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Ohio State University's Ohio Sea Grant College Program is one of 33 programs in
the NOAA National Sea Grant Program. Through coastal research, education, and
outreach projects, Sea Grant addresses critical environmental, economic, and
education issues. As a partnership between universities, government, and private industry, Sea
Grant supports research projects at several Ohio colleges and universities, 8 extension agents
from Toledo to Conneaut, and strong education and communications programs. Ohio Sea
Grant's F.T. Stone Laboratory, located on Gibraltar Island at Put-in-Bay was created in 1895 and is
the oldest freshwater biological field station in the country.
In 2013 Ohio Sea Grant was evaluated and ranked as one of the top programs (number 2 or 3
out of 33) in the country by NOAA's National Sea Grant College Program, and in 2009 Ohio Sea
Grant's outreach program was named as Ohio State University's top outreach program for the C.
Peter Magrath Engagement Award.Year: 2013, Pages: 8
Dealing with fouling organisms is necessary to ensure fuel efficiency, to prevent the spread of
invasive species such as the zebra mussel, and to protect the boat itself. However, as boats
are power washed to remove residual fouling, copper from
antifouling paint leaches into the wash water and can enter Lake Erie
as runoff. A free copper ion can adsorb suspended particulate matter
as it settles and accumulates in the sediment. The Ohio Clean Marinas
Program, with a grant from the Ohio Lake Erie Commission's Lake Erie
Protection Fund, performed a study on copper concentrations at Lake
Erie marinas. In collaboration with Bowling Green State University
and Lake Erie marinas, data was collected on copper accumulation
in sediment over the course of one boating season. The results will
aid scientists, agencies, marina owners, and boaters in obtaining a
better picture of the contribution of boat bottom wash wastewater to
copper concentrations in Lake Erie nearshore sediments, and in finding
sustainable solutions for boat bottom washing.Year: 2014, Pages: 2
This presentation is based on research and information provided by Dr. Stuart Ludsin at Ohio State University. More background information is available from Dr. Ludsin's Global Change, Local Impact webinar (changingclimate.osu.edu/webinars/archives/2011-04-19) and from “Fishing for Change,” Ohio Sea Grant Twine Line Winter/Spring 2013, pg. 10-11 (ohioseagrant.osu.edu/_documents/twineline/v35i1.pdf#page=10). The presentation slides can be used on their own, or integrated into a larger presentation on Lake Erie fishing and fisheries.Year: 2013, Pages: 9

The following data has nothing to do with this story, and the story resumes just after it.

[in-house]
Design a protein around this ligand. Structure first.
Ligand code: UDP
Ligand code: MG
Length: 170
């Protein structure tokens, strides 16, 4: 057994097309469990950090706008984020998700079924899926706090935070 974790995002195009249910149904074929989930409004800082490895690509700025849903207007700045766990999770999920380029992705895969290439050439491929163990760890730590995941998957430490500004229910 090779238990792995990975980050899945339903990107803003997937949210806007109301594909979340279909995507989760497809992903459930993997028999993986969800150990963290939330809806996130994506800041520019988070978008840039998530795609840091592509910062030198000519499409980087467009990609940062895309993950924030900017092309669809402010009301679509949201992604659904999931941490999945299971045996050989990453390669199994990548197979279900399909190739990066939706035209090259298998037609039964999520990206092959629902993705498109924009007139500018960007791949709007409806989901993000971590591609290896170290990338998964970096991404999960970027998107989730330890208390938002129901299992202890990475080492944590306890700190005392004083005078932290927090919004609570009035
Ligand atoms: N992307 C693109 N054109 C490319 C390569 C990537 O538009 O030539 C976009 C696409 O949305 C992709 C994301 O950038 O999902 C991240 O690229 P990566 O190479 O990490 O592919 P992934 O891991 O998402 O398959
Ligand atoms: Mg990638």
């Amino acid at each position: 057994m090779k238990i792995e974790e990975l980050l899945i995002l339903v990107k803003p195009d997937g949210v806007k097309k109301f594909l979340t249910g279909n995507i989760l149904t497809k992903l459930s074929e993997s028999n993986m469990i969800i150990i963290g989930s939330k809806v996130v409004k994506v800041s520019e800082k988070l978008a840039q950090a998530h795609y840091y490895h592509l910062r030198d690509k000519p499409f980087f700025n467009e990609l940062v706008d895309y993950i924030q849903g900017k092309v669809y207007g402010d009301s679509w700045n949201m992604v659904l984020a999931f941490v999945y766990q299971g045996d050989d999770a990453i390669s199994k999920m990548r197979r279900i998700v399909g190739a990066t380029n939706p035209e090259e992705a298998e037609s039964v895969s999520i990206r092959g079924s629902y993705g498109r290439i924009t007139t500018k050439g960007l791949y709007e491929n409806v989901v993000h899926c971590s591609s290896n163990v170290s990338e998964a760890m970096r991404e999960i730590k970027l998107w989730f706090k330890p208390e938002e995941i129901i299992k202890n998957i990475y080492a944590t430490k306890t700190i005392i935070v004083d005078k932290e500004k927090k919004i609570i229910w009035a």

In the winter of 2011, Ohio Sea Grant conducted a comprehensive survey of the charter fishing industry of Ohio's portion of Lake Erie. The survey is an effort to provide an update on the status, business characteristics, and economics of the charter fishing business in Ohio's portion of Lake Erie. The survey is modeled after a similar survey last conducted in 2006 and part of a larger database of information conducted since 1985. The data reported here are for the year 2010.
Year: 2012, Pages: 29
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Year: 2011, Pages: 2
Year: 2011, Pages: 1
Year: 2011, Pages: 1
The objectives of this study focus upon economic impact of birdwatching as it relates to substantial economic expenditures; tourism patterns of birdwatching along Lake Erie; and strategic partnership among the communities and industries to promote the local economy and to market birdwatching. The findings show that birdwatching at six Ohio natural areas along Lake Erie generated $26,438,398 in 2011, created 283 jobs for those living and working in these coastal communities, generated $8.9 million in personal income, and contributed $1.9 million tax revenues directed to local and state coffers. Birders visiting Lake Erie provide significant revenue infusions to the regions year around.
Year: 2011, Pages: 24
Final report of the Lake Erie Millennium Network Synthesis Team 14 June 2011.
Year: 2011, Pages: 16
Year: 1995, Pages: 2